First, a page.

The number nineteen is an auspicious number known to be associated with success and honour, which adequately depicts the work of the Saint Vincent and the Grenadines Financial Intelligence Unit (SVGFIU) throughout the years as it celebrated its 19th anniversary on May 6, 2021. The SVGFIU is the national centralised agency responsible for the receipt, analysis and investigation of suspicious transaction reports. This hybrid unit consists of an administrative, legal, investigative, analytical and supervisory department, and contributes to the economic and social stability of the nation by fulfilling its mission to safeguard financial systems from abuse by deterring the incidents of money laundering, terrorist financing and other serious crimes.
In April 2020, the Supervisory Department of the SVGFIU was designated the supervisory authority of Non-Profit Organisations (NPOs) in Saint Vincent and the Grenadines, and is therefore tasked with the responsibility of ensuring that NPOs are in compliance with their counter financing of terrorism (CFT) obligations without severely impeding the “good works” of the NPOs. The SVGFIU recognises that NPOs are a vibrant and integral part of the contemporary global environment as they provide charitable services around the world and locally, especially to those in need and applauds the efforts of the NPO community to meet such needs, especially in these unprecedented times of outbreaks of diseases and natural disasters.
Unfortunately, the nation has been plagued by ongoing adversities namely: the COVID-19 pandemic, the dengue outbreak, the eruption of La Soufriere Volcano and the most recent flash flood, in which the population has been severely impacted socially, economically and physically. This has given rise to the increase of monies entering the country via financial institutions, money remitters, NPOs and new payment products and services, as well as goods through the Customs and Excise Department to provide much needed assistance to citizens.
Regrettably, criminals may seek to capitalise on these natural disasters and global pandemic to engage in illicit activities. This may occur in several ways:
1. Increase in fundraising scams including fake ‘go fund me’ campaigns and criminals posing as international organisations or charities;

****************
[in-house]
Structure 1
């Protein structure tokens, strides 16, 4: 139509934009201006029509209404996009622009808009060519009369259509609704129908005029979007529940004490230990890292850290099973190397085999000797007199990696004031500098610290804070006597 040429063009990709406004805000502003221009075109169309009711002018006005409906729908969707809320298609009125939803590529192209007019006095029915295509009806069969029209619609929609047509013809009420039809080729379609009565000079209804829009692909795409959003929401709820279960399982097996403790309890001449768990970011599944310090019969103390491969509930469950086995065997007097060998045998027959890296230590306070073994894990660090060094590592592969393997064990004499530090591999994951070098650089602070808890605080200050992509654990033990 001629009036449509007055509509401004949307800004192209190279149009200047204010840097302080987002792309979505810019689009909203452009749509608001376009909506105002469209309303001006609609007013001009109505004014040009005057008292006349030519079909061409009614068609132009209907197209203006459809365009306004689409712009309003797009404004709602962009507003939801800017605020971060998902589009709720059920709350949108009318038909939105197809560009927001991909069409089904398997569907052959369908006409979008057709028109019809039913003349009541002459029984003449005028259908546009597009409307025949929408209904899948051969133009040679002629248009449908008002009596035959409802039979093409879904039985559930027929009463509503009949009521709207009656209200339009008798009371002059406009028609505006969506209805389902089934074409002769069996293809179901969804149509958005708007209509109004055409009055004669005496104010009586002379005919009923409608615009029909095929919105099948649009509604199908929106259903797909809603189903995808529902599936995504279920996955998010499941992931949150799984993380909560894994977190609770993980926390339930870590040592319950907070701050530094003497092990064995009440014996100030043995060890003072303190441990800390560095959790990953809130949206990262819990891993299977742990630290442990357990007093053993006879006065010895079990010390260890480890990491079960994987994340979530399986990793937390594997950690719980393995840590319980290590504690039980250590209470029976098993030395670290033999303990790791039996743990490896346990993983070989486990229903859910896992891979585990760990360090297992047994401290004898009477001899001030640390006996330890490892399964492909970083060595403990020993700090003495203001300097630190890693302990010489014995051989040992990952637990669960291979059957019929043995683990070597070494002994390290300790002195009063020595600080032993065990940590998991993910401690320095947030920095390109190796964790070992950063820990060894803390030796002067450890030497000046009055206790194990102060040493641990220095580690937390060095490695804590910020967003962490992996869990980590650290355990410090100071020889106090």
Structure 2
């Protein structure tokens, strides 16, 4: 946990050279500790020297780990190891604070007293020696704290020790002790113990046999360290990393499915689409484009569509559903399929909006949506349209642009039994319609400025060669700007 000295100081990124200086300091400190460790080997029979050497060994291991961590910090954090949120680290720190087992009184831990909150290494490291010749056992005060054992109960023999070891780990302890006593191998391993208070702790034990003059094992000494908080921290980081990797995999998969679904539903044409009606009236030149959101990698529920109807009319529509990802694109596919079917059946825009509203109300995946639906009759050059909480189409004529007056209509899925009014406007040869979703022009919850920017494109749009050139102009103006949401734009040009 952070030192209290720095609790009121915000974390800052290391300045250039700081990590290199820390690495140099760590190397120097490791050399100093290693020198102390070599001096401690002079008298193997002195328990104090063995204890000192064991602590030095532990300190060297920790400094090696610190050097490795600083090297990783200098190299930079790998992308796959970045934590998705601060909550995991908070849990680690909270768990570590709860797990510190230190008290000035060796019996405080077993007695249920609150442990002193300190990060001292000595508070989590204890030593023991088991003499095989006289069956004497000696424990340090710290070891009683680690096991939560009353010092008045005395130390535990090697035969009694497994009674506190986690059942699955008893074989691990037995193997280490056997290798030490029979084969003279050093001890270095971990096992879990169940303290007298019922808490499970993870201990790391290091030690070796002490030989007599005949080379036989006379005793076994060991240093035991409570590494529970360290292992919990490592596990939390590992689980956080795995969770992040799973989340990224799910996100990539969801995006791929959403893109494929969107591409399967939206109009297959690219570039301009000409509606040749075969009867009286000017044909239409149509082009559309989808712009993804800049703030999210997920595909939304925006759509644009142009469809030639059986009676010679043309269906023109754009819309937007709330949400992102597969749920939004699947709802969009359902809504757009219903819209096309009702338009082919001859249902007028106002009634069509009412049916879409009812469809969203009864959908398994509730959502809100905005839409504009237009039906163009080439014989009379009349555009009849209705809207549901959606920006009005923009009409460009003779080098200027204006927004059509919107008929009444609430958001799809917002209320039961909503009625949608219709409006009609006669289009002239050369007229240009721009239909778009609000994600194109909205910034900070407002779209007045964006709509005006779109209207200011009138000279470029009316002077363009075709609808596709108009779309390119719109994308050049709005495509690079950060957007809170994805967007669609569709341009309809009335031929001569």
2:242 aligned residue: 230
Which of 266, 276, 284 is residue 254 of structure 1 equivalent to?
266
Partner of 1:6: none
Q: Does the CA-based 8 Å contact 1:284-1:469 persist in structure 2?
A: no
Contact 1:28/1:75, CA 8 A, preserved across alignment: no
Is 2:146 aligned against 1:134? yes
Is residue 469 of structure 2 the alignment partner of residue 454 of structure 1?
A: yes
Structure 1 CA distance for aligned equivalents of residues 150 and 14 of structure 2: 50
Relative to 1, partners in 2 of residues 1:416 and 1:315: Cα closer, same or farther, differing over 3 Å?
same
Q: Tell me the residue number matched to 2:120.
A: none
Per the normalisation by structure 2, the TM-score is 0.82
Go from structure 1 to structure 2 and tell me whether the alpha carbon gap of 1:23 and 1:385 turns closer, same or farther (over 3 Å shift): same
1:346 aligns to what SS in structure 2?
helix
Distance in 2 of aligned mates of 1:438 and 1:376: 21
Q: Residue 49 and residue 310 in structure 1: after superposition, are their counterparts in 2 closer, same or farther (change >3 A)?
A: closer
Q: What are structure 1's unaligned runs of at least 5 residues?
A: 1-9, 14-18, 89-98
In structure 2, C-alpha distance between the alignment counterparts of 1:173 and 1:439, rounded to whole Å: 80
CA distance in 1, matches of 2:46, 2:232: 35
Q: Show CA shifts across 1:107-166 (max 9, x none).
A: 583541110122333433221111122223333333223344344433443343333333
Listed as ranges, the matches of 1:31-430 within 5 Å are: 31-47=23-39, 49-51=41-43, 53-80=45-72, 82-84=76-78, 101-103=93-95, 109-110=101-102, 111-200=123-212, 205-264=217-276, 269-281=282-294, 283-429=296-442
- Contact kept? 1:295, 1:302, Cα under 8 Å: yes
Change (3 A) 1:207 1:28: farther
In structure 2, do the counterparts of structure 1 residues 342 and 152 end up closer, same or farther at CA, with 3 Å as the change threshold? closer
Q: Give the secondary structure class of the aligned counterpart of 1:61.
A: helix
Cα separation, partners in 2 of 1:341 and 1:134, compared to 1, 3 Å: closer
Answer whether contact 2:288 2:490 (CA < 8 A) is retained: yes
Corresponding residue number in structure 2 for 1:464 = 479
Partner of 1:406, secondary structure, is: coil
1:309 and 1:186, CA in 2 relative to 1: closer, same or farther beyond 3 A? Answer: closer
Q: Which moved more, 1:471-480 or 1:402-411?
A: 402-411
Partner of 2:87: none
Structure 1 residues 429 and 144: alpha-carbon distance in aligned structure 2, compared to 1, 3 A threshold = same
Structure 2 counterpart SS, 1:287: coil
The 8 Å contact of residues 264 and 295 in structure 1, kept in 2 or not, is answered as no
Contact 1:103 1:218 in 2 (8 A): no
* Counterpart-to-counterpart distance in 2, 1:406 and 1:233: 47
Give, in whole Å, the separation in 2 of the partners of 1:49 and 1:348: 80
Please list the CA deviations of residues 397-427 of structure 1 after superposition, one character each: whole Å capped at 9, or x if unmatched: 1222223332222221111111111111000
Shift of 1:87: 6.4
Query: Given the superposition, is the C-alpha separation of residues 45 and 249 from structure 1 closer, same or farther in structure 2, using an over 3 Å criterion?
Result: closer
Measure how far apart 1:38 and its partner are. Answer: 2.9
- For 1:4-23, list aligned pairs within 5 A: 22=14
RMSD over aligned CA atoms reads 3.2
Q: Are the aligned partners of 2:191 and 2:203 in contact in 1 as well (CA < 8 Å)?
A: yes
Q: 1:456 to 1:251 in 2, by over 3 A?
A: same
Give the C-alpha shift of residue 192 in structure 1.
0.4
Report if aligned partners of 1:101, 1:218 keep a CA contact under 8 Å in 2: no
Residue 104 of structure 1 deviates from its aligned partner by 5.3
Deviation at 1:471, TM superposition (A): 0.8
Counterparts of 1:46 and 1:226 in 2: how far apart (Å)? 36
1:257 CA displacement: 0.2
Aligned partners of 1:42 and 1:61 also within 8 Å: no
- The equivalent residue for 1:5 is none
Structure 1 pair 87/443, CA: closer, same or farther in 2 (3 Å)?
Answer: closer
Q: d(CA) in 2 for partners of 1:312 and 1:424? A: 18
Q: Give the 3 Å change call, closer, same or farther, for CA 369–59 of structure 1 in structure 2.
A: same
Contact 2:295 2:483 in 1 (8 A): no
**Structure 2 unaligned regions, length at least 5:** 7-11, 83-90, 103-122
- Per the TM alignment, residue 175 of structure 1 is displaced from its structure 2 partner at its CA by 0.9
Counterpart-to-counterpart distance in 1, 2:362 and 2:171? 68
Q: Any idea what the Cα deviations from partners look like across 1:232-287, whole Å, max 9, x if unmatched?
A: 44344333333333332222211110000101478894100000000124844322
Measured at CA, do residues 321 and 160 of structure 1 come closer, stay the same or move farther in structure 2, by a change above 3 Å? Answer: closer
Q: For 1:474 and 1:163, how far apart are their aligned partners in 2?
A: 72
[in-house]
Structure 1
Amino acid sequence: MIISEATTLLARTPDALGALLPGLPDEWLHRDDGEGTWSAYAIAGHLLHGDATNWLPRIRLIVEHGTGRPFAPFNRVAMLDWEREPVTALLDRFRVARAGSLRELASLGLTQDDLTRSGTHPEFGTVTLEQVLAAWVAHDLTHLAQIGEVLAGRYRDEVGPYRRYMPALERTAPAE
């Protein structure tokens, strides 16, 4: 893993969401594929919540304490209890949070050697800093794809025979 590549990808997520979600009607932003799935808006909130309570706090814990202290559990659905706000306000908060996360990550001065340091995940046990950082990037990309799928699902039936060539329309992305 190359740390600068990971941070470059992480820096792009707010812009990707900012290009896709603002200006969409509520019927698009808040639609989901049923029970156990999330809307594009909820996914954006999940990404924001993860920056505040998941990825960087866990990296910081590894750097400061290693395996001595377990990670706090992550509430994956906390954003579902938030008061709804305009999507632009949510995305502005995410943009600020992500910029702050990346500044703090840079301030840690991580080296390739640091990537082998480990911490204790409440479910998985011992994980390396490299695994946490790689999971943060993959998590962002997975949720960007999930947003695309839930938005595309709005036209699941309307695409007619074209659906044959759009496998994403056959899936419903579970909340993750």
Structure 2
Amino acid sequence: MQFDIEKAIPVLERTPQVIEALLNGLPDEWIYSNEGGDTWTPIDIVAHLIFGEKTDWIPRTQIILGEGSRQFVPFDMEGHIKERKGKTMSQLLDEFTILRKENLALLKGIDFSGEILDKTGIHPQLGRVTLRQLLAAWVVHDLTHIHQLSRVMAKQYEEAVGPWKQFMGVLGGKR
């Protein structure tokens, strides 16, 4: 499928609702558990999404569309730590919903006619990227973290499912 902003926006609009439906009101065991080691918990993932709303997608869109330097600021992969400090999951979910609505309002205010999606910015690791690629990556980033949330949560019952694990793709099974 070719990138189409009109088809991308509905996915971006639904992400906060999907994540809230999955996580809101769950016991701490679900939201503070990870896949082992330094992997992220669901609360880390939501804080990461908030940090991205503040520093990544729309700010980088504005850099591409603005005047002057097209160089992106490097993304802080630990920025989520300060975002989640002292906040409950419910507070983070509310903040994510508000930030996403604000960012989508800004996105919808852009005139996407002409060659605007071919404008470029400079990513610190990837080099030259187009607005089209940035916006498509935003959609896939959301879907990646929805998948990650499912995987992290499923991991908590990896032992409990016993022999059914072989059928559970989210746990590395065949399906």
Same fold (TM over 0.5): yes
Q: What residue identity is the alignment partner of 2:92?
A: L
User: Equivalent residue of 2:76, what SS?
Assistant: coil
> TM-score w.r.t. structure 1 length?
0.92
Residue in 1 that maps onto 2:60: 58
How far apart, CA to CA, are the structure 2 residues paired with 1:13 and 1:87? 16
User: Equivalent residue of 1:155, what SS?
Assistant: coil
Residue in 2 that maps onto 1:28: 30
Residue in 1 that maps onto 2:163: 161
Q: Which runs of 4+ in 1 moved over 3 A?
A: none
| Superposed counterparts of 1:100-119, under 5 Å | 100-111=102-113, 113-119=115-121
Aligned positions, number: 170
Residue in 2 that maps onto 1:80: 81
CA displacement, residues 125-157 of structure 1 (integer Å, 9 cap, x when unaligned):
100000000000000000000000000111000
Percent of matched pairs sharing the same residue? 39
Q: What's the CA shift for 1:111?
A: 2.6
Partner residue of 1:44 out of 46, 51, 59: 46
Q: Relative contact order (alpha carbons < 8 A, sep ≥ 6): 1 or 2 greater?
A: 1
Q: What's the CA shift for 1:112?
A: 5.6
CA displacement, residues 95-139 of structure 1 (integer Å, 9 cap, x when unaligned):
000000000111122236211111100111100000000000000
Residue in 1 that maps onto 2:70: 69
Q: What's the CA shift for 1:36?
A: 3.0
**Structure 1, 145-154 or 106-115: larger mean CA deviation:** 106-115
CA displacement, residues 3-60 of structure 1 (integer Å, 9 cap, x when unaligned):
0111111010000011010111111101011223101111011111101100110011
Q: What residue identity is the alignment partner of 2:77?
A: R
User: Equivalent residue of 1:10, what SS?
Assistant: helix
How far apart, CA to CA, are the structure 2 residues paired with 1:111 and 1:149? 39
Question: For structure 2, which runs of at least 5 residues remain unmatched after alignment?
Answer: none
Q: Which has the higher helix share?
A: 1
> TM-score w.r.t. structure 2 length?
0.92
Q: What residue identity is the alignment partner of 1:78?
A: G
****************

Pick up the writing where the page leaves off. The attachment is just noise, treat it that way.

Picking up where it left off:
2. Criminals attempting to bypass customer due diligence measures by using displacement due to the volcanic eruption as a reason for their inability to provide the required identification documents;
3. Criminals exploiting COVID-19 and the associated economic downturn to move into new cash-intensive lines of business;
4. Increased misuse of online financial services and virtual assets to move and conceal illicit funds;
5. The exploitation of public measures by natural and legal persons to conceal and launder illicit proceeds which were intended to provide assistance and promote entrepreneurial ventures; and
6. Increased use of the unregulated financial sector such as new payment products and services.
While the SVGFIU celebrates its 19th year of existence, it remains cognizant of the environment within which it operates and the fact that amidst natural disasters and a pandemic, citizens are in dire need of assistance from family and friends abroad, as well as NPOs which are crucial for the road to recovery. However, while financial inclusion is paramount especially in these difficult times, using a risk-based approach, individuals and entities must remember to remain vigilant to ensure that criminal enterprises do not capitalise on the current circumstances to engage in illicit activities and make an already difficult state of affairs worse. The SVGFIU pledges to continue to work to take the profit out of crime, thereby playing our part in facilitating the stabilisation of the economy.